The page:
16. Brush the top of the pie with the beaten egg, sprinkle with some sugar, and bake several minutes more (or however long it takes) for the crust to become golden brown and fairly crispy looking.

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This was only my second attempt ever at making an apple pie (the first being years ago with regular wheat flour). It was not any easier or harder this time. Making pie, as you probably know, is a little time consuming and can be a bit of a pain in the buttocks, but it's always well worth it. It was delicious, and well-liked by the non-gluten-free-ers who I served it to, as well.

Here are a few thoughts and suggestions based on my experience with this particular recipe and the ways I went about making it:

First, I want to note that there was no xanthan gum in the crust. This doesn't pose any problems whatsoever as long as you are serving the pie cold. When cold, it slices well and holds together very nicely. See?

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But when we re-heated the pie (in the oven) for serving, the crust easily crumbled and fell apart some when slicing and picking it up out of the pan for plating. Perhaps this could have been alleviated by slicing it cold, and then re-heating individual pieces in the microwave. Alternatively, perhaps the addition of a little bit of xanthan gum to the dough might help this issue, and also allow us to reheat it without worry of it turning into an apple cobbler. (I notice a lot of other crust recipes do include xanthan gum.) I guess it all just depends on how you like to eat your pie (hot or cold) whether you want to experiment with xanthan gum and/or different re-heating processes.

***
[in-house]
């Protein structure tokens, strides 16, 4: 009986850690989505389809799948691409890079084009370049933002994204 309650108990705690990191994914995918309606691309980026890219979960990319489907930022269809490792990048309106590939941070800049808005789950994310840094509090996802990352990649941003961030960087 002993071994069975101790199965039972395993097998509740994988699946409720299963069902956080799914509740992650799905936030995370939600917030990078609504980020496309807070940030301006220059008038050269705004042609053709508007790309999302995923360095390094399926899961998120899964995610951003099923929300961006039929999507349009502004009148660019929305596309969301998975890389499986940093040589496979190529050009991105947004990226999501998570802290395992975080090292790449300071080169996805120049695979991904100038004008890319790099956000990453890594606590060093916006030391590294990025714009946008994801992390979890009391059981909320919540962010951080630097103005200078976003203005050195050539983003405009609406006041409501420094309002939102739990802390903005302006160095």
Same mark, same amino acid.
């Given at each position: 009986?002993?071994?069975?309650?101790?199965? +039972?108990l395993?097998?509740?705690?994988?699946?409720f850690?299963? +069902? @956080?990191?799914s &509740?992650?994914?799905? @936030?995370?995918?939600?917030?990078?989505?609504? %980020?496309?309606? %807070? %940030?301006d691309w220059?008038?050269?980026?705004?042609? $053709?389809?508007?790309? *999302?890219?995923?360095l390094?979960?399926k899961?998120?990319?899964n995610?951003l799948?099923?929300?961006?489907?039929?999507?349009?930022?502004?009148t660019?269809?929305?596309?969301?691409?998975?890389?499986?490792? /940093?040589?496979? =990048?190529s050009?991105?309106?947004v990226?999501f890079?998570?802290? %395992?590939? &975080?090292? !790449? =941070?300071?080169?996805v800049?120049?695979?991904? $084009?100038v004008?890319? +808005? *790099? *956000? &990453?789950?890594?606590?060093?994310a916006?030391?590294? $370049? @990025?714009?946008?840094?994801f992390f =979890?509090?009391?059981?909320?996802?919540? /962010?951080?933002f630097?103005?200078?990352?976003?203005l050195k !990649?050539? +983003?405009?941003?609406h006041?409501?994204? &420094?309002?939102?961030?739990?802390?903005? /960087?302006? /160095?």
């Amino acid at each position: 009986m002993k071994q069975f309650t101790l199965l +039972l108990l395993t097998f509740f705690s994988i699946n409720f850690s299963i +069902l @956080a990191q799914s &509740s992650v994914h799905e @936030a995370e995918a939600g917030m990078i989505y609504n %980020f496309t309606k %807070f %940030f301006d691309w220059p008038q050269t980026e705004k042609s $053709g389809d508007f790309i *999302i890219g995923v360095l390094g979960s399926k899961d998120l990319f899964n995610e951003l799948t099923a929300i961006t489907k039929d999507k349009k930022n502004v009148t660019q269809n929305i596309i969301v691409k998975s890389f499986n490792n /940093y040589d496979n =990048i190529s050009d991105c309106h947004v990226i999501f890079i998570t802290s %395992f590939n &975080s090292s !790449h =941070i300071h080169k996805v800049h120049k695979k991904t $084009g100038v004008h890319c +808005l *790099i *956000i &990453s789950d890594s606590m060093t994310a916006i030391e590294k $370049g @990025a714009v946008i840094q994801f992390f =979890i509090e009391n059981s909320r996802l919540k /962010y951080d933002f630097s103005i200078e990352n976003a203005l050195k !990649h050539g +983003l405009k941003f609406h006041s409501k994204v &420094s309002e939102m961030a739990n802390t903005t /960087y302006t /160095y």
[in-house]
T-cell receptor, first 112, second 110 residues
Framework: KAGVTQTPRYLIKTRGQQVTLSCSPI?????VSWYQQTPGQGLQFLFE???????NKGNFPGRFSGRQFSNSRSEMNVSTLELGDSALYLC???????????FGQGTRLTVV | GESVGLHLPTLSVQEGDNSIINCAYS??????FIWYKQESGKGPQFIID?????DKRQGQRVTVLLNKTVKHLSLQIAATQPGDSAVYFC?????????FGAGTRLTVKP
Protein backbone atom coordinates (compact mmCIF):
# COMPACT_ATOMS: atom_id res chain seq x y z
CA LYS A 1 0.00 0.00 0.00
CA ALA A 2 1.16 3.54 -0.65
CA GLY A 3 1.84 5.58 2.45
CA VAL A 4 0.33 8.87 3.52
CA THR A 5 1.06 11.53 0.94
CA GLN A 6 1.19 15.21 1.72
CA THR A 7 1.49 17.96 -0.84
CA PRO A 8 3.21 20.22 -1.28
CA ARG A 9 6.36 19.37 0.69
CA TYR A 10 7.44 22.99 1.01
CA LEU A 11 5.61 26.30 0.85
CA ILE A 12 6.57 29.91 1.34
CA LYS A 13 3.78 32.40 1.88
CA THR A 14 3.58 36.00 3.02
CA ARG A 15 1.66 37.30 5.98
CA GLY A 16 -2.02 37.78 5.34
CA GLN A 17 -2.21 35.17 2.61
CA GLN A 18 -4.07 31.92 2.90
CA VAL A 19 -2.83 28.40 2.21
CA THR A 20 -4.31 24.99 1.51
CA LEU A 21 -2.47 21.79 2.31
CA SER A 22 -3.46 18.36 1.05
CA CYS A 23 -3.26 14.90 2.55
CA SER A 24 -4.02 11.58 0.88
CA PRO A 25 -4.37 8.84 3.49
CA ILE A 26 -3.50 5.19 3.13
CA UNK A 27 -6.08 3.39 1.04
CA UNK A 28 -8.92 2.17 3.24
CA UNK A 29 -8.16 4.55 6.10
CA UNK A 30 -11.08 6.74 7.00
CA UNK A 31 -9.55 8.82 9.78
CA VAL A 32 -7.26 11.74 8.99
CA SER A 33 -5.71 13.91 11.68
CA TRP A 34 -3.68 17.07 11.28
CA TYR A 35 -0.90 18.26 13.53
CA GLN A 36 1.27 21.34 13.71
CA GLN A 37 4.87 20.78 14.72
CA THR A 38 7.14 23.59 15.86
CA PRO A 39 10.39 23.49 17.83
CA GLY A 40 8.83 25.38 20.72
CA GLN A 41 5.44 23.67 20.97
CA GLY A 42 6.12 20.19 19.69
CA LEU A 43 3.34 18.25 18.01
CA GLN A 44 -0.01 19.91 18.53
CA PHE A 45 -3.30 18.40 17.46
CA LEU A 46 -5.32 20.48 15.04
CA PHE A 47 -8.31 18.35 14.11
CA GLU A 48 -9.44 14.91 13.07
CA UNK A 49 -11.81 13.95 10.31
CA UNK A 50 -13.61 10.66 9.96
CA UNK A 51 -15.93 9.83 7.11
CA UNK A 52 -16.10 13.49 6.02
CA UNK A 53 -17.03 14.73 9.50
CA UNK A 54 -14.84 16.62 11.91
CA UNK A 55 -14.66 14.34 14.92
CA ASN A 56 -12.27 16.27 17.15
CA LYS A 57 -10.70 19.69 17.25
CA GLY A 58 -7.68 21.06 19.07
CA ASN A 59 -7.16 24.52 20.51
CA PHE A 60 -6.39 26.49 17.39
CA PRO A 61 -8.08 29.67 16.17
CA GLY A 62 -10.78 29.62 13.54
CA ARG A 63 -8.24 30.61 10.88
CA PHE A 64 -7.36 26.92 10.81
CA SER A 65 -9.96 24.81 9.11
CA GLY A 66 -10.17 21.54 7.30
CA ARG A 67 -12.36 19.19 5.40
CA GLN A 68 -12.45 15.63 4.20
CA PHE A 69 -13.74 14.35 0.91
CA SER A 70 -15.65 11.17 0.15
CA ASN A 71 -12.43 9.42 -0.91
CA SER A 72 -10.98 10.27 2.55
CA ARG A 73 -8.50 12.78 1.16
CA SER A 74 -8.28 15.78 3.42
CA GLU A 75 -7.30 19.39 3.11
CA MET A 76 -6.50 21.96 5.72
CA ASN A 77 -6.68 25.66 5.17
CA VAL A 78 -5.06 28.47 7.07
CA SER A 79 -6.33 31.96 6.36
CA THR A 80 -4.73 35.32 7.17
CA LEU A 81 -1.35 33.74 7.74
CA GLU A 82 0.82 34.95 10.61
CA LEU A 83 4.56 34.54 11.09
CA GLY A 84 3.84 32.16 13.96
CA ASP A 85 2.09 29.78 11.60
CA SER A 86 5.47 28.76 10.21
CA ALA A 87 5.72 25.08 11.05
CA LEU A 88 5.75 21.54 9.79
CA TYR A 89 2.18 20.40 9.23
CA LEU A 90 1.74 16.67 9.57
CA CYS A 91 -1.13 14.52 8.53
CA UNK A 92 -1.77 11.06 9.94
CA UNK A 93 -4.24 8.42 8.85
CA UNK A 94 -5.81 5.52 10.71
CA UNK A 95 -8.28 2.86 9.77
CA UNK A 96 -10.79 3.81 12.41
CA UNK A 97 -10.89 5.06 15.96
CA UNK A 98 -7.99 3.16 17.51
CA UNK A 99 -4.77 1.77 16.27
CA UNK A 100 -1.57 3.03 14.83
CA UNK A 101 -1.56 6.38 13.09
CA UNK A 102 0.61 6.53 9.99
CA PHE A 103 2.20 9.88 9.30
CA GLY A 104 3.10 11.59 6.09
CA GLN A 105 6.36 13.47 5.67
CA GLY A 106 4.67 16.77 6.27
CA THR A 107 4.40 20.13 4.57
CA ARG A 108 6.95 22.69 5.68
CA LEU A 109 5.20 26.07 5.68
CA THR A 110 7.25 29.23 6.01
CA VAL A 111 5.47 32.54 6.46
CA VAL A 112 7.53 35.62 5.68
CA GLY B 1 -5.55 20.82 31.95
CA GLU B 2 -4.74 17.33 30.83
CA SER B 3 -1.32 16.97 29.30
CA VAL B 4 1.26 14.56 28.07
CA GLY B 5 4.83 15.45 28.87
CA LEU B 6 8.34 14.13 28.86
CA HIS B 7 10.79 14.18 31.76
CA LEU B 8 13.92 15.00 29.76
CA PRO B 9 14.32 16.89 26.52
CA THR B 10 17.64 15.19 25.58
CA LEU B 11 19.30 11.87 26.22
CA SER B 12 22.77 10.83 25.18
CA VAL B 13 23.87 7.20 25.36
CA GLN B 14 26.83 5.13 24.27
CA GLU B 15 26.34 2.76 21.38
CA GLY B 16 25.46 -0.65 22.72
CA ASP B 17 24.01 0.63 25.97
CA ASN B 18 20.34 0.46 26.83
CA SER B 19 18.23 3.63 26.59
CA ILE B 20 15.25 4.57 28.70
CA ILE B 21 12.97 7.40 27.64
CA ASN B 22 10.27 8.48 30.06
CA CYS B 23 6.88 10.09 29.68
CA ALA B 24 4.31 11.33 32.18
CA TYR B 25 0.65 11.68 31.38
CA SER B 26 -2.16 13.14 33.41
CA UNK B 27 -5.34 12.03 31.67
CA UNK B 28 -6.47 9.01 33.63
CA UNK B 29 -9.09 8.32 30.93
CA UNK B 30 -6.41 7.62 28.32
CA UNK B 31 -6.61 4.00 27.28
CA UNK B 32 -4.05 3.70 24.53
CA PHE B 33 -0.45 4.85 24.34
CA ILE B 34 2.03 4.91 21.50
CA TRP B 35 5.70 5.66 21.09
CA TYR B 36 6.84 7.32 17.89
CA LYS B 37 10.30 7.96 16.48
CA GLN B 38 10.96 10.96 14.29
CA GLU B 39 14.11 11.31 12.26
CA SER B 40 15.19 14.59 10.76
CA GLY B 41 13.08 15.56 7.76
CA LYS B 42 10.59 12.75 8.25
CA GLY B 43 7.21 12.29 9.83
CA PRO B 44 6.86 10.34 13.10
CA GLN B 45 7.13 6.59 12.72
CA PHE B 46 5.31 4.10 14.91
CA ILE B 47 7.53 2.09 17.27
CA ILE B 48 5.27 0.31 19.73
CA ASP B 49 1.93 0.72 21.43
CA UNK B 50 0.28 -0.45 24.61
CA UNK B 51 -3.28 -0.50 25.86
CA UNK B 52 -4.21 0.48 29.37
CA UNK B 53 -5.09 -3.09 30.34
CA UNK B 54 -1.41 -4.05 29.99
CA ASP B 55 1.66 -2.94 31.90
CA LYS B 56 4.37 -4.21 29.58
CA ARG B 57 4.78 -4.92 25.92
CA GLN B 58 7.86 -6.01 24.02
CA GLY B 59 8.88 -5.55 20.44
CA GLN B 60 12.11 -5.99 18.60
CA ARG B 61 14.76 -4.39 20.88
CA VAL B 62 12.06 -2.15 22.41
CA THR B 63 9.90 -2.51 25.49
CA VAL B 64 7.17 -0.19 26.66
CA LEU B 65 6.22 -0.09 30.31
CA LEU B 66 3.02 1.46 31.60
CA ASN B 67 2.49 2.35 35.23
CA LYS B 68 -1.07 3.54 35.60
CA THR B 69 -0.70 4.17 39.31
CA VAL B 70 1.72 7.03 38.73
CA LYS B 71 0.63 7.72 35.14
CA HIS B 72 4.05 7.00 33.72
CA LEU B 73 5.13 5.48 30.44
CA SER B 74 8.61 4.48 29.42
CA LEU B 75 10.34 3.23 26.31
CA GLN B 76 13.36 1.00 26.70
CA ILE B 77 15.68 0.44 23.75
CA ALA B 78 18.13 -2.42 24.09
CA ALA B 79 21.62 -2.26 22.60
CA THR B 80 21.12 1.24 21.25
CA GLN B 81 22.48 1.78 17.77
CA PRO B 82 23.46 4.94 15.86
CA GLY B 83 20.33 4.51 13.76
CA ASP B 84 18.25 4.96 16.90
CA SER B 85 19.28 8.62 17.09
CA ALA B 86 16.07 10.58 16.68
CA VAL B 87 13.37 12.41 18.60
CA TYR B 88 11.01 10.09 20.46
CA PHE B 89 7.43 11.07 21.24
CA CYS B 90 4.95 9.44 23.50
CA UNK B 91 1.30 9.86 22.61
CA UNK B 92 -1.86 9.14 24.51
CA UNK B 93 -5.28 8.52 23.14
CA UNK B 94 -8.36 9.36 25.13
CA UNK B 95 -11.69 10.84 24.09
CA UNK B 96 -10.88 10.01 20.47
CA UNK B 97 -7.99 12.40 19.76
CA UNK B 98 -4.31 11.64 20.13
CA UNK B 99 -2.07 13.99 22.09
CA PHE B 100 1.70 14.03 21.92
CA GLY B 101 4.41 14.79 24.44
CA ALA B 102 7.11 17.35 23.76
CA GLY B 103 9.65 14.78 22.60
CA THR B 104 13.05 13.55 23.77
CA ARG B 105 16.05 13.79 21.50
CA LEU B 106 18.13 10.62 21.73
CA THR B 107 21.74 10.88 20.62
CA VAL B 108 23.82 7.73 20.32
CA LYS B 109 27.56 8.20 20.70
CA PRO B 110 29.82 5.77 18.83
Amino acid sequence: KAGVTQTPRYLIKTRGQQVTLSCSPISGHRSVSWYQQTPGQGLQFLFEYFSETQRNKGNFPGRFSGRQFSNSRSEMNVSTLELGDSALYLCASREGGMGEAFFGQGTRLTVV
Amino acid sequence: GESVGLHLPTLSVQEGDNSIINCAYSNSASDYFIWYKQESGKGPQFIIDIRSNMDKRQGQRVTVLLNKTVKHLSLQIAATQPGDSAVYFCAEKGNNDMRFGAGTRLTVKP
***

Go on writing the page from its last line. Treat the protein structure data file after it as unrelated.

I found that I had to bake my pie longer than the 30 minutes it should have taken. I think this was because my dough was too wet. I should have added a bit more rice flour to the dough before chilling it, and probably also should have dusted my surfaces with some rice flour before rolling out (I had some issues with the dough sticking to my wax paper). You always see the TV chefs dusting their surfaces every time -- why I didn't think to do this I have no idea. Lol.

Finally, I am not going to calculate and give the usual nutritional information on this pie, like I do with other recipes, because, well

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Here's a crumb topping as an alternative to the crust top:

1/2 c sugar

3/4 c gluten-free flour mix (any)

1/3 c shortening (Crisco, butter, whatever)

Cut together with a pastry blender or your favorite method until the fat is in small pieces and everything is blended. Pile on top of the apples and bake.

We always triple this for two pies.

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Vomiting, passing out, abdominal pain that occurs as soon as my stomach empties into the small intestine (I consume mushy, well-cooked foods then), hives, allergic reactions are way more severe, indigestion, anxiety, irrtability, fatigue, achy body, tingling, become lactose intolerant, constipation, diarrhea.  Yep, many things.  Symptoms can change too.  Celiac disease is like a chameleon.  Symptoms for me can last for about six months.  Most severe the first week and gradually getting better.